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Market value is the price of an asset that is traded or offered for sale in a public forum where multiple buyers are allowed to make offers to buy that asset. 

For marketable securities of publicly traded companies, the companies are required to issue periodic financial information to the public to meet a full-knowledge requirement. Anyone seeking to buy or sell a marketable security has access to this information, and thus the opportunity to be an informed purchaser or seller. 

The requirement for publicly available information is key to the integrity of a fair market system, and is why it is the best method of setting a market value on securities.  In fact, in the United States securities market, trading securities based on insider knowledge is a civil and sometimes criminal offense.  One reason is that the party with the inside information has an unfair advantage over the other party to the transaction, and thus the price set by this sale does not reflect a true market value.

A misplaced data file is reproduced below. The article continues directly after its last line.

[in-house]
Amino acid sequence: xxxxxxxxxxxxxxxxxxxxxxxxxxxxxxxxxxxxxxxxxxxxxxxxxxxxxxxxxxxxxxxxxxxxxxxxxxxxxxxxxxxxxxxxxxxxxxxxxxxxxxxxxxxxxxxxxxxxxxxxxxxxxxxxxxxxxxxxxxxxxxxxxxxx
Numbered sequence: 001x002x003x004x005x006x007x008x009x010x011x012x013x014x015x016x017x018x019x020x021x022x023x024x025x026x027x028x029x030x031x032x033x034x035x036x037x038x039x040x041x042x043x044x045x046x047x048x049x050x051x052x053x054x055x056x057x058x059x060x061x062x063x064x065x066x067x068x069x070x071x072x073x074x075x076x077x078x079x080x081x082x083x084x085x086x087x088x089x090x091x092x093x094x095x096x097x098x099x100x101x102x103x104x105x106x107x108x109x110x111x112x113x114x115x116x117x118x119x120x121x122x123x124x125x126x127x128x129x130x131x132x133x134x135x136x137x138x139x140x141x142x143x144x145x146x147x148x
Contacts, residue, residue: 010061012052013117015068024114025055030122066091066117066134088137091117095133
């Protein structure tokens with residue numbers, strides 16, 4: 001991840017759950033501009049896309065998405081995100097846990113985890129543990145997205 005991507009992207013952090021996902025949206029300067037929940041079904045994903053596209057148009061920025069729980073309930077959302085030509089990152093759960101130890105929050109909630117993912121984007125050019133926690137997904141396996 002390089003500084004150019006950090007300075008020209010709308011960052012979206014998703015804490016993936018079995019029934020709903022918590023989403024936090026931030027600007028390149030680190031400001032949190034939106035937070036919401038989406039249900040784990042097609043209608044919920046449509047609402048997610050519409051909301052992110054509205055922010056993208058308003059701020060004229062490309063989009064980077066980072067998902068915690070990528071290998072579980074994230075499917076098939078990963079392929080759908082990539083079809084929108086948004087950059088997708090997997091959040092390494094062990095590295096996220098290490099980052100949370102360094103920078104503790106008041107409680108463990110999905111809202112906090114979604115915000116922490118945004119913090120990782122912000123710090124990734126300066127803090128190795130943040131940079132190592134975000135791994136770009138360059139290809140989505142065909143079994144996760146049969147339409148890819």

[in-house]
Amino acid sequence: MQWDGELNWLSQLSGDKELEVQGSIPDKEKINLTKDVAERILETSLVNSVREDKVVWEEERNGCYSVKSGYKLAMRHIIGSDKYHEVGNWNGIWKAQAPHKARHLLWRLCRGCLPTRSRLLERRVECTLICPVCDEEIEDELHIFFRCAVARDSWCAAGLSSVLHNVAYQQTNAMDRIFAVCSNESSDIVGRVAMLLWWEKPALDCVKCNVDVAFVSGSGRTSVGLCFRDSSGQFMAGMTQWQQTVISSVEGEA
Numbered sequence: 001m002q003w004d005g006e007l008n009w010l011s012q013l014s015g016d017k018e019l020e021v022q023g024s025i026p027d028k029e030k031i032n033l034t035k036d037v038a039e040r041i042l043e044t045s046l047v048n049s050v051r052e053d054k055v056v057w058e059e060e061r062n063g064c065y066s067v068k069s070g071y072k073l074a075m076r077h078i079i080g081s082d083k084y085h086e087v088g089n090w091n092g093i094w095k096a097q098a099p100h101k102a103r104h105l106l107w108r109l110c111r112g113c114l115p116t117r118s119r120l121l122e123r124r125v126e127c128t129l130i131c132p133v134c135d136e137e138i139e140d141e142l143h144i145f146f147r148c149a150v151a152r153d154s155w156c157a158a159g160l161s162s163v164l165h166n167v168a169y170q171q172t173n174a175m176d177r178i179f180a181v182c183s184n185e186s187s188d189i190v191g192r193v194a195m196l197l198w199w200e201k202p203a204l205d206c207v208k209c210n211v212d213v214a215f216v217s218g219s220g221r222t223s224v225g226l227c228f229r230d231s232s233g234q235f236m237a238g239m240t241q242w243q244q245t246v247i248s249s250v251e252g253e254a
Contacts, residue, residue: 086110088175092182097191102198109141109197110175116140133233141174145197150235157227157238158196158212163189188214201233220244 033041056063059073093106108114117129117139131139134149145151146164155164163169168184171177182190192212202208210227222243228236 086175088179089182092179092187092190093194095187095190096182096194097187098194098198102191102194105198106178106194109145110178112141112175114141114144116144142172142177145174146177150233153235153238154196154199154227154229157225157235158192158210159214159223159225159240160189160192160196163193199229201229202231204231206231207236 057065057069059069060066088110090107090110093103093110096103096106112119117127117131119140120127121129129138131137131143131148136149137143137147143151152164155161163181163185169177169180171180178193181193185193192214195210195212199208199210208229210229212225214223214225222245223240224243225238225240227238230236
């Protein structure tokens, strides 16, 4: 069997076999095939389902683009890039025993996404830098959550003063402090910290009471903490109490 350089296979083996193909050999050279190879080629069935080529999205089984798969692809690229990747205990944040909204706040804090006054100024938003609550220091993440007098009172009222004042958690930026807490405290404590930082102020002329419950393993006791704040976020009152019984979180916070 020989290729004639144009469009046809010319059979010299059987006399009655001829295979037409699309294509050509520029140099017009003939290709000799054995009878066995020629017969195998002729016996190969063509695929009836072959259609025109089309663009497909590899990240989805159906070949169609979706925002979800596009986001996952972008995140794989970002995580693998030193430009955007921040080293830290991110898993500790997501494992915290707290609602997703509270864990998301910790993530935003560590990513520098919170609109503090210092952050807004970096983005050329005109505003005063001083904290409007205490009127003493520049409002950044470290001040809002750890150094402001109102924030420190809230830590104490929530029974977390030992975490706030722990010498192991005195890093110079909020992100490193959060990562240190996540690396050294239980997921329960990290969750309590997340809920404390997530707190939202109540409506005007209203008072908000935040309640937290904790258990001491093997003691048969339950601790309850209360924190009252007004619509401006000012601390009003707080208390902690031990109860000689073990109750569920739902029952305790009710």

Market value is much more difficult to determine for assets that are not traded on a public exchange.  For instance, real estate sales are usually public, but not on a public exchange like the ones for marketable securities. In addition, each piece of real estate is unique from all others.  So the best approximation of market value is to compare recent sales of similar properties. 

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